The Centers for Disease Control and Prevention (CDC) issued a health advisory Friday after a confirmed case of measles was identified in an unvaccinated person who was infectious while attending a large religious gathering Feb. 17-18 in Kentucky.
An estimated 20,000 people from Kentucky, other states and other countries attended the spiritual revival at Asbury University in Kentucky during that time, according to the CDC.
“Anyone who attended the revival may have been exposed to measles,” Steven Stack, M.D., commissioner of the Kentucky Department for Public Health, said in a statement.
Measles is a highly contagious, acute viral illness that begins with a prodrome of fever, cough, coryza and conjunctivitis lasting two to four days prior to rash onset. The rash typically occurs three to five days after symptoms begin and usually appears on the face and spreads downward.
Measles can cause severe health complications, including pneumonia, encephalitis and death, even in previously healthy children. The virus is transmitted by direct contact with infectious droplets by airborne spread when an infected person breathes, coughs or sneezes.
Primarily due to vaccination, the measles virus had not circulated widely in the United States for decades. However, outbreaks have been increasing since 2010 because it is easily carried by unvaccinated travelers and can spread in under-immunized communities. Declines in vaccination rates were seen during the COVID-19 pandemic, and measles outbreaks are occurring in all World Health Organization regions, including in Europe, Africa, the Eastern Mediterranean and Southeast Asia regions, according to the CDC.
“Although measles is uncommon, pediatricians should consider the possibility, particularly when an unimmunized child presents with fever, respiratory symptoms and rash,” said Kristina K. Bryant, M.D., FAAP, a professor of pediatrics in the Division of Pediatric Infectious Diseases at the University of Louisville School of Medicine.
Pediatricians also should ask symptomatic patients about potential exposures, including the Kentucky event and international travel, said Dr. Bryant, a member of the AAP Committee on Infectious Diseases. Children in whom measles is suspected should not sit in the waiting room, since infectious measles virus can remain in the air for up to two hours after a patient leaves the area.
Patients ages 2 years and older should wear a mask before arrival to the office and be taken to an exam room immediately. Health care providers should wear an N95 mask when examining patients with suspected measles, according to the CDC.
“Historically, one in 20 children with measles will develop pneumonia, and one in 1,000 will develop potentially life-threatening brain inflammation,” Dr. Bryant said.
In 2019, more than 1,200 cases of measles were reported in the United States, the highest number in decades, according to the CDC. In 2022, 121 cases of measles were reported in the U.S., all among children who weren’t fully vaccinated, including outbreaks in Minnesota and Ohio.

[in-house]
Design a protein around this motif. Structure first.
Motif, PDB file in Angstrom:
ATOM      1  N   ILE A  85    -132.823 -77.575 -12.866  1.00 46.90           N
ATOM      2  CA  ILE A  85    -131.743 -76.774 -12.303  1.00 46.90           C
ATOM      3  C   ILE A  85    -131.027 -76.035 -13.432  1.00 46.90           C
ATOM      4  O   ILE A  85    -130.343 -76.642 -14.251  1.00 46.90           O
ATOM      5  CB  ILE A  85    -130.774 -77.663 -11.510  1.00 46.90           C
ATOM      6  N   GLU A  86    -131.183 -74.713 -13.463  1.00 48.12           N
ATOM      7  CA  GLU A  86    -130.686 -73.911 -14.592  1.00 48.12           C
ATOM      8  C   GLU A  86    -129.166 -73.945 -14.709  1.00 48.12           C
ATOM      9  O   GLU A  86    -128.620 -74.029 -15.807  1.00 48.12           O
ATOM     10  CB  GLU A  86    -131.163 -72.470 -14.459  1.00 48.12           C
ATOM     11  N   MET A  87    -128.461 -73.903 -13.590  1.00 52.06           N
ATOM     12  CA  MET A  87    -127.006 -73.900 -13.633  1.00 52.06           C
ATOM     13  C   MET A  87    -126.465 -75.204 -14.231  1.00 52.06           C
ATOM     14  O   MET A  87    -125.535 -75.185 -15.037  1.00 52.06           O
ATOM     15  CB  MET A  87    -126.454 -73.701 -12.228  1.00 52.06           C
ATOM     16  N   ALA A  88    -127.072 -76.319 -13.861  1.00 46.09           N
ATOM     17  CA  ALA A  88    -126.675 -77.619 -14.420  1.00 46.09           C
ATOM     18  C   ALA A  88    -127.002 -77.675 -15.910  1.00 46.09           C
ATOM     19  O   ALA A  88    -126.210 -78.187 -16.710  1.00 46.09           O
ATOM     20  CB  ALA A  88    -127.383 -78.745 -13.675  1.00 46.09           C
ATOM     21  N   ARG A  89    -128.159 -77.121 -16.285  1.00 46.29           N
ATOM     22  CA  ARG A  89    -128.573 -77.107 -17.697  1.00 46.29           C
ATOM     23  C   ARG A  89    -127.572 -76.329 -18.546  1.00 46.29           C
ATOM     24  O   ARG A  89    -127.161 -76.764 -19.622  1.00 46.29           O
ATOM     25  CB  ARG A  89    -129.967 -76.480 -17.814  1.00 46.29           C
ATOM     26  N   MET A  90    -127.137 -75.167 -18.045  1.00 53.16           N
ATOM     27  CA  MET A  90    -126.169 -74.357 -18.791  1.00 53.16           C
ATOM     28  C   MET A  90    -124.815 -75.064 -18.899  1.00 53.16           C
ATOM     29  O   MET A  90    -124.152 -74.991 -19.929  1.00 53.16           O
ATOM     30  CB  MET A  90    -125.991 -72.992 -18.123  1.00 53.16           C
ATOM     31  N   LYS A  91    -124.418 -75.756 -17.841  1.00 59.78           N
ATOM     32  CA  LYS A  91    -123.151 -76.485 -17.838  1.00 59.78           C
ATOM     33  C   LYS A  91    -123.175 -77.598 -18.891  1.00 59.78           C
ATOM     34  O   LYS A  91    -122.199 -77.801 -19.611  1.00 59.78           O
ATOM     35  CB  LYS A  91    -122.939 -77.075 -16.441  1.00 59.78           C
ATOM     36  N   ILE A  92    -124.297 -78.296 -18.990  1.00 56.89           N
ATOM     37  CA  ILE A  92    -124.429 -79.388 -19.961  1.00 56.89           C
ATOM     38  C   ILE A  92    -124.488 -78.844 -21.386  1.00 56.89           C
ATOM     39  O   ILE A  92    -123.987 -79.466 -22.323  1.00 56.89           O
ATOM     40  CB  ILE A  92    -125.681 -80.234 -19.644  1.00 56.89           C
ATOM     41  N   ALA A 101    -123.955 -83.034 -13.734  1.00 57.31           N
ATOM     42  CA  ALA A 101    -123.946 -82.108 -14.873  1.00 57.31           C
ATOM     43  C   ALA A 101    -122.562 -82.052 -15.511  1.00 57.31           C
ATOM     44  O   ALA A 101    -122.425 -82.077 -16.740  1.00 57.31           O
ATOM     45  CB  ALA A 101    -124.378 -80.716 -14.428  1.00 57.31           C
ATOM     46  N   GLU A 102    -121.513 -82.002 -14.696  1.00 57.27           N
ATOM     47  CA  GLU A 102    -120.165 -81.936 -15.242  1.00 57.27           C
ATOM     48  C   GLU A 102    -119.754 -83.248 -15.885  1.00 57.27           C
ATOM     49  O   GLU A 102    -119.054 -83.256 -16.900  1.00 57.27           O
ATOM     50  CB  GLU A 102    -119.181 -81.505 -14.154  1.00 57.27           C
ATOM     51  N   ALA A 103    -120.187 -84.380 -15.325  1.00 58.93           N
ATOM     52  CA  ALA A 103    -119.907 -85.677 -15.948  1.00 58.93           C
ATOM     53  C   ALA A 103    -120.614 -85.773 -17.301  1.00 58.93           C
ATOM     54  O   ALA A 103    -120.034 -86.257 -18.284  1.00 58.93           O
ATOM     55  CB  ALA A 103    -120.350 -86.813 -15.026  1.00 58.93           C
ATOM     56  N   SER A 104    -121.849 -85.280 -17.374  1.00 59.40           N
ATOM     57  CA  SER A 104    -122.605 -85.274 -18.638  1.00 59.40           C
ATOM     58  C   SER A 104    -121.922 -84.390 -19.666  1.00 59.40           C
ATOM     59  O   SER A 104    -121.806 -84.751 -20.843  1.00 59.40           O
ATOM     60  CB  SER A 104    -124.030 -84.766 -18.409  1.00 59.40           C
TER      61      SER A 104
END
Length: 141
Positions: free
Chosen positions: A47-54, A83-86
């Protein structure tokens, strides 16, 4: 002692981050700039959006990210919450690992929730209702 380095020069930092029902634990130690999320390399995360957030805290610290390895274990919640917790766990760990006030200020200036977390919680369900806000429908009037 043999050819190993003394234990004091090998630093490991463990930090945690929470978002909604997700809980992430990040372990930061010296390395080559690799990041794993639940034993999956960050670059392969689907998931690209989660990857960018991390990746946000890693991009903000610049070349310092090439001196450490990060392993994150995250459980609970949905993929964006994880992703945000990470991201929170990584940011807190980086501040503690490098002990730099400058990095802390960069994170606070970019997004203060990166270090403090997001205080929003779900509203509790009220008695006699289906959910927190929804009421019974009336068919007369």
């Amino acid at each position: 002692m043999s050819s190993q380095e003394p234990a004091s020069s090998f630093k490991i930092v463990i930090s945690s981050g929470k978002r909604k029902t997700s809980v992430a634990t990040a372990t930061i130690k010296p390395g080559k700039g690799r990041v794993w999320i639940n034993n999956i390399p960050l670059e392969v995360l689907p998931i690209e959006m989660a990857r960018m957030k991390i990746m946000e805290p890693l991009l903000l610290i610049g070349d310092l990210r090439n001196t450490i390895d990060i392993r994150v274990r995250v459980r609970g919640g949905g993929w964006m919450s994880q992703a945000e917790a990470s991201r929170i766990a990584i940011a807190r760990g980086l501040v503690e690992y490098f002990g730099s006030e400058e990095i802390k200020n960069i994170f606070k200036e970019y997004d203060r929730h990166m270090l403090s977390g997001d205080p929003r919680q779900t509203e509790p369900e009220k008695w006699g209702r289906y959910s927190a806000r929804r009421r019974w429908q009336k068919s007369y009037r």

“There are no antiviral treatments for measles, but there are safe and effective vaccines,” Dr. Bryant said. “Vaccination is the best way to protect children from measles infection. Many children fell behind with routine immunizations during the pandemic, including MMR (measles, mumps, rubella) vaccine. Two doses of measles vaccine are 97% effective at preventing infection.”
The CDC advises health care professionals to notify a state or local health department about any suspected case of measles to ensure rapid testing and investigation occur. Providers also should recommend MMR vaccine for patients who are unvaccinated or not fully vaccinated.
The CDC recommends collecting a nasopharyngeal or throat swab for reverse transcription polymerase chain reaction as well as a blood specimen for serology from all patients with clinical features compatible with measles. Urine specimens can be collected but are not preferred. Health care providers should contact their state or local health department to find out where to submit specimens and how to ship them.
Those at highest risk of acquiring a measles infection include unvaccinated children or adults, incompletely vaccinated children or adults and individuals with known exposure to measles or recent travel to areas with active measles transmission.
Those at greatest risk of severe measles infection or complications of measles include infants and children under 5 years, adults over 20 years, pregnant women and people with compromised immune systems, such as from cancer, chemotherapy or HIV infection.
- Information on measles outbreaks from Red Book Online
- Information from the CDC on global measles outbreaks
- Information from the CDC on measles (rubeola)
- CDC video showing signs and symptoms of measles
- Information for health care professionals on diagnosing and treating measles
- CDC’s testing recommendations